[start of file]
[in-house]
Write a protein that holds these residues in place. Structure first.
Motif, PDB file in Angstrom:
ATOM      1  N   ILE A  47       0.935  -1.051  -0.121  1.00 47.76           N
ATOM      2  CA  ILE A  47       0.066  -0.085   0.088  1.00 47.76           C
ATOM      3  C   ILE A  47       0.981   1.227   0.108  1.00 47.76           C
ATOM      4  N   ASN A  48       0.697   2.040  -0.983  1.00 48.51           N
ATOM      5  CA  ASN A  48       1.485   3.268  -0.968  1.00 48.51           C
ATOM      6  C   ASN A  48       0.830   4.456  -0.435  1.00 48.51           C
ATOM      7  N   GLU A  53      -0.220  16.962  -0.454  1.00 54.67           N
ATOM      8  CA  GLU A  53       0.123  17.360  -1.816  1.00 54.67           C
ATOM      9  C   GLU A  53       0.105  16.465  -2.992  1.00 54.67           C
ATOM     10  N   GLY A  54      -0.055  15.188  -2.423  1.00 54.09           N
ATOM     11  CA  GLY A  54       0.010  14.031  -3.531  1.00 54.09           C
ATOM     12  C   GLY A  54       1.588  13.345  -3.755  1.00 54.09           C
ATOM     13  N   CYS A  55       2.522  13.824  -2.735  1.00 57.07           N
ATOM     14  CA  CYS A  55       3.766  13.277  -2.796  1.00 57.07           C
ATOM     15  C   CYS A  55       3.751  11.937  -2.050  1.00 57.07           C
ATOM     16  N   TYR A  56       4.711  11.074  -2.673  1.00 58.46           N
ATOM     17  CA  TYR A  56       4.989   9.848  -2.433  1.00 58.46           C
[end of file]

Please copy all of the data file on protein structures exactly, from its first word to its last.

[in-house]
Write a protein that holds these residues in place. Structure first.
Motif, PDB file in Angstrom:
ATOM      1  N   ILE A  47       0.935  -1.051  -0.121  1.00 47.76           N
ATOM      2  CA  ILE A  47       0.066  -0.085   0.088  1.00 47.76           C
ATOM      3  C   ILE A  47       0.981   1.227   0.108  1.00 47.76           C
ATOM      4  N   ASN A  48       0.697   2.040  -0.983  1.00 48.51           N
ATOM      5  CA  ASN A  48       1.485   3.268  -0.968  1.00 48.51           C
ATOM      6  C   ASN A  48       0.830   4.456  -0.435  1.00 48.51           C
ATOM      7  N   GLU A  53      -0.220  16.962  -0.454  1.00 54.67           N
ATOM      8  CA  GLU A  53       0.123  17.360  -1.816  1.00 54.67           C
ATOM      9  C   GLU A  53       0.105  16.465  -2.992  1.00 54.67           C
ATOM     10  N   GLY A  54      -0.055  15.188  -2.423  1.00 54.09           N
ATOM     11  CA  GLY A  54       0.010  14.031  -3.531  1.00 54.09           C
ATOM     12  C   GLY A  54       1.588  13.345  -3.755  1.00 54.09           C
ATOM     13  N   CYS A  55       2.522  13.824  -2.735  1.00 57.07           N
ATOM     14  CA  CYS A  55       3.766  13.277  -2.796  1.00 57.07           C
ATOM     15  C   CYS A  55       3.751  11.937  -2.050  1.00 57.07           C
ATOM     16  N   TYR A  56       4.711  11.074  -2.673  1.00 58.46           N
ATOM     17  CA  TYR A  56       4.989   9.848  -2.433  1.00 58.46           C